12/15 Why doesn't this work?


#1
def purify(numlist):
newlist = numlist
for i in range(len(numlist)):
    if not numlist[i]%2 == 0:
        newlist.remove(numlist[i]) 
return newlist

On purify([4,5,5,4]) I end up with an index error when i=3 on line four, must be for numlist[i]. But this code doesn't modify numlist, only newlist, so why would I get an index error there? I've already seen the solution using .append(), just want to understand why this doesn't work.


#2

Well there are a multitude of solves for any problem in programming that is the magical thing about it.

As always when trying to solve a problem programmatically you need to think of what you are trying to do/solve. In this case we and to remove all ODD numbers and keep only numbers that are divisible by 2!

Problem: Only want even numbers from a list

The next thing you need to think about is how do you solve your problem, to which there can be many answers. In this case we just want to loop through our list and get the items and check to see if they are even and if so return them to a stored data type.

Though your code is slightly convoluted.

if not numlist[i]%2 == 0:

This is just not gonna work the way you want it to. Now on to the multiple solves,

EXAMPLES!

def purify(list_please):
    return [item for item in list_please if item % 2 ==0]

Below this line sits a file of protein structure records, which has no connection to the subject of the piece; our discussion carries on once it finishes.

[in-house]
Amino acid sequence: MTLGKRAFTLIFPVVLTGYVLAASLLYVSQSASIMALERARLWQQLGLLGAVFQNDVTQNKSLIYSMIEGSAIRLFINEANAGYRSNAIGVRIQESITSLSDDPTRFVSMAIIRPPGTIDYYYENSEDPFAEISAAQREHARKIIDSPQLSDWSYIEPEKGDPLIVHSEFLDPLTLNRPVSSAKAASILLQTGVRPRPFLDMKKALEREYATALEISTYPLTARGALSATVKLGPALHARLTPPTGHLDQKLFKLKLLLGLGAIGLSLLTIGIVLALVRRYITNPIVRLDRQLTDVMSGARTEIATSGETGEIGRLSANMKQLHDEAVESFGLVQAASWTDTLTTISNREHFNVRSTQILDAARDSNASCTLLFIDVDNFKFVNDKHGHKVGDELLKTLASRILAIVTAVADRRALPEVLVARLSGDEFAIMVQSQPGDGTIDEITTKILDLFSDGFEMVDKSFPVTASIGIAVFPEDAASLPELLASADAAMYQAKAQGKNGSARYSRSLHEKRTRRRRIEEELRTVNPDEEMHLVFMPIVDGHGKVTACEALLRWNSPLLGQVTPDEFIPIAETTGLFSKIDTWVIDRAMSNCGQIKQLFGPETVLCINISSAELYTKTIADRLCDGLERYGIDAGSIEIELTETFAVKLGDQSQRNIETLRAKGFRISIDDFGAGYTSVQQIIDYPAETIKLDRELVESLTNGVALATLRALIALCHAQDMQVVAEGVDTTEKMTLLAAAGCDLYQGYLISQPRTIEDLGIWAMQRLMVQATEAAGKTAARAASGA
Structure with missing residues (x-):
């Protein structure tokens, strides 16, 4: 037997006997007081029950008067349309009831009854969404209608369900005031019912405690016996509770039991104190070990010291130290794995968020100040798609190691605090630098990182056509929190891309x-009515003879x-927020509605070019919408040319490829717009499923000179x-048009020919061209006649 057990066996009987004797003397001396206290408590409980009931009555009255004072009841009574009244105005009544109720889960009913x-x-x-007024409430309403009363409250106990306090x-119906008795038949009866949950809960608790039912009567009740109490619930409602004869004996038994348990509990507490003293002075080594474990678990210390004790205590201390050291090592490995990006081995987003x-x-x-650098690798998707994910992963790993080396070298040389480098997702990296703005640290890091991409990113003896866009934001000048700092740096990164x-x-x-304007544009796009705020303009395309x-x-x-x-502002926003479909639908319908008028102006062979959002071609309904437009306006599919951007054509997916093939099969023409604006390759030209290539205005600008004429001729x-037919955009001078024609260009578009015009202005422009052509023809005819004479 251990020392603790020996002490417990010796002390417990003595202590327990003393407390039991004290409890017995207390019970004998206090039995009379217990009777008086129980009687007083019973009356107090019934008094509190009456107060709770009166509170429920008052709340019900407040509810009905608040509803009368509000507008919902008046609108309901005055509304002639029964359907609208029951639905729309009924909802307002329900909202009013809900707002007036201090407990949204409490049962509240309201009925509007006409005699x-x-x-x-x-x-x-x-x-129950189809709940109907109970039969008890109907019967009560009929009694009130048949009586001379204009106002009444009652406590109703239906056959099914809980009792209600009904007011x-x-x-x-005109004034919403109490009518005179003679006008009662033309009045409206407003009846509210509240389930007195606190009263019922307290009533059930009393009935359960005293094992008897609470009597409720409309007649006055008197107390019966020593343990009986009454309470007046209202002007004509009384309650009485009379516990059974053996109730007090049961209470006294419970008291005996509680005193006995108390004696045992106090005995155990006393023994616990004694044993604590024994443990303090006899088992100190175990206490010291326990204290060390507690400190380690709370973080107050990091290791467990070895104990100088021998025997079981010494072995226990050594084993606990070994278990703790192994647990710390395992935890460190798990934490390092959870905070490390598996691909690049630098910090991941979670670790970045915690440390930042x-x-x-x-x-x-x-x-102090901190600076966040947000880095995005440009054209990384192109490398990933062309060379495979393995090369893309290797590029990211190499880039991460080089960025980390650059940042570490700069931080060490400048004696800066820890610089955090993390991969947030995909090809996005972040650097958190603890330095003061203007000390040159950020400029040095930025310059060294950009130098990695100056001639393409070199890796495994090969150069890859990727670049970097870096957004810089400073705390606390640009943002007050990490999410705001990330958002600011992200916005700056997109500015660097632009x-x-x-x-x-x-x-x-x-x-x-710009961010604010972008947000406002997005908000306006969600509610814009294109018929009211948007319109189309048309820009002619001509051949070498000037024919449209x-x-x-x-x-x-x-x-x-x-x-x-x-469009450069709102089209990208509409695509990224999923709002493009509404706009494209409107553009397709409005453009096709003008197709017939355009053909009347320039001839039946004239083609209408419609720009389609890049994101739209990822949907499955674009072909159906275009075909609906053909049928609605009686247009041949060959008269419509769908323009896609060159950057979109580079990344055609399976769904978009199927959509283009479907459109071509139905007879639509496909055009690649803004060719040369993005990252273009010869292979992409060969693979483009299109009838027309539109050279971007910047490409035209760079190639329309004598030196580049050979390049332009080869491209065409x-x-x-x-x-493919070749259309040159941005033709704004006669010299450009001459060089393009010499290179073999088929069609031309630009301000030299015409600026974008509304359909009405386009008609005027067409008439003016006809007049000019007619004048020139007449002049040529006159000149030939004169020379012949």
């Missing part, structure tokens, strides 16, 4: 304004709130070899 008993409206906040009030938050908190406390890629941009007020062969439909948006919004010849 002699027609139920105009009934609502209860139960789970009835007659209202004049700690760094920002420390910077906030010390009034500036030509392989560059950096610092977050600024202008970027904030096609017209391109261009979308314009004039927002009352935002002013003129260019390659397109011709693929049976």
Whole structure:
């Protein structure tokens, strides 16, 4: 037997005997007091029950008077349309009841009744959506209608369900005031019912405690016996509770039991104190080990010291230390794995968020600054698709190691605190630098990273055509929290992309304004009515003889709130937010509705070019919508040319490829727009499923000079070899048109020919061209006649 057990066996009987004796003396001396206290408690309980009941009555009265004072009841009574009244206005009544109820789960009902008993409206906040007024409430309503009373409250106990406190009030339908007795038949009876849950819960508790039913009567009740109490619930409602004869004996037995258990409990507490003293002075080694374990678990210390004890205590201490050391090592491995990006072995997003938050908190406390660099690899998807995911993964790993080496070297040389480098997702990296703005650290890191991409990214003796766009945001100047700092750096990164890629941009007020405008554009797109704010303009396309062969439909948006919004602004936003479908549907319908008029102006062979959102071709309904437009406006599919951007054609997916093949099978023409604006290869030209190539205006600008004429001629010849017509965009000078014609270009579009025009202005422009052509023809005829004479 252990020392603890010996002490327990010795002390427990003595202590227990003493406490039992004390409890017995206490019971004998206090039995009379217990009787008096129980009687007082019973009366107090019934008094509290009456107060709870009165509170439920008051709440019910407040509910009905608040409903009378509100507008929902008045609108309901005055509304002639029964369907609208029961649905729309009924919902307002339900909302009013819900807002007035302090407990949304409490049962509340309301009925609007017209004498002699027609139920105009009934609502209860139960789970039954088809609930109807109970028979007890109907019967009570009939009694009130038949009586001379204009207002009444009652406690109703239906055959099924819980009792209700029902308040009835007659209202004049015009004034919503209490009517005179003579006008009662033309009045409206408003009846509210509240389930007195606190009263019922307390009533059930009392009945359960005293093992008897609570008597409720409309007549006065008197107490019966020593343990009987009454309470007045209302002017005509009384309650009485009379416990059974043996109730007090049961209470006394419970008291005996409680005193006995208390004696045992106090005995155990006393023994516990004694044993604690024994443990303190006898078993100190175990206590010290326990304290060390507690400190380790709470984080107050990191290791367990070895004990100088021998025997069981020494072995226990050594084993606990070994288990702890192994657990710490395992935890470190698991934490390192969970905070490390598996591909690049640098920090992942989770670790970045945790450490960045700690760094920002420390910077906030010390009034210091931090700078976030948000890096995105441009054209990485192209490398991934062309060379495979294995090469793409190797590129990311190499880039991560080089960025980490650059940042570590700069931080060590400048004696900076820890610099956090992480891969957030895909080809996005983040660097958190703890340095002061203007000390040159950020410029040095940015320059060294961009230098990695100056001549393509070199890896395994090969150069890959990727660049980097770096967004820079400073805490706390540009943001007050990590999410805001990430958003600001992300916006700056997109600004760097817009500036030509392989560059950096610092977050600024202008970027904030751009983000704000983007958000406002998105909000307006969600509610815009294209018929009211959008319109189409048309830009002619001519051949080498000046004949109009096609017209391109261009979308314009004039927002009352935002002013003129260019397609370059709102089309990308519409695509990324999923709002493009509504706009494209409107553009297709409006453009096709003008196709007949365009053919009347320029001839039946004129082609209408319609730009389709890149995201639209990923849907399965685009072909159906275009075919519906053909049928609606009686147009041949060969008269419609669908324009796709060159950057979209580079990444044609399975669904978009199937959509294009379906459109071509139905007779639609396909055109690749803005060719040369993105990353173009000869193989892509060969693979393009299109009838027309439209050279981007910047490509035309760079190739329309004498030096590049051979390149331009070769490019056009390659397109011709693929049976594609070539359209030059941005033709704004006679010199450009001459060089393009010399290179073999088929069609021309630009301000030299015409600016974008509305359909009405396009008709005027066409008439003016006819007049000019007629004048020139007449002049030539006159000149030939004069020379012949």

def purify(list_please):
    hold = []
    for item in list_please:
        if item % 2 == 0:
            hold.append(item)
    return hold

def purify(list_please):
    hold = []
    x = 0
    while x <= len(list_please):
        try:
            if list_please[x] % 2 ==0:
                hold.append(list_please[x])
        except IndexError:
            pass
        x += 1
    return hold

There are other ways to do this also, these are good ways but they also may not be the best depending on how large your list is.


#3

Thanks, I understand these solutions, but I'm still racking my head for why my original code won't work.

"Though your code is slightly convoluted.

if not numlist[i]%2 == 0:

This is just not gonna work the way you want it to."

Could you go into a little more detail here? Where does it result in an index error?


#4

Go to the interpreter and do this,

a = 2

not a % 2 == 0
# OUTPUT: True

a % 2 == 0
# OUTPUT: False

Now you see why it is convoluted, your code is not doing what you want it to thus it is a bug.

Also,

newlist.remove(numlist[i])

This is just not a good way to go about creating a new list.


#5

I'm getting what I expected:

not a % 2 == 0 returns False

a % 2 == 0 returns True

So for " not numlist[i] % 2 == 0 " why wouldn't it always return True for an odd number?


#6

This is even

a % 2 == 0 returns True

This is not even

not a % 2 == 0 returns False

Also it is just plain terribly bad way to program, especially in python.

Start programming like you would speak, this is how you do most programming in python till you learn the short cuts and tricks. If it does not make sense then it is probably a bad way to go about it.


#7

I'm still not really getting it.

I wanted to check for odd numbers so I could remove them.

Doesn't (not a % 2 == 0) return True for odd values of a?

I can accept that it is a bad way to program, but I'd like to know why it is bad, so I can get better.


#8

I think my code does make sense when I am speaking it. Copy list to separate list (so that I am not for looping through a list I am modifying), check if a list item is odd, if it is, remove it from the list. That all makes sense to me.

The only dumb thing I've realized was doing the "i in range(len(numlist))" instead of "item in numlist"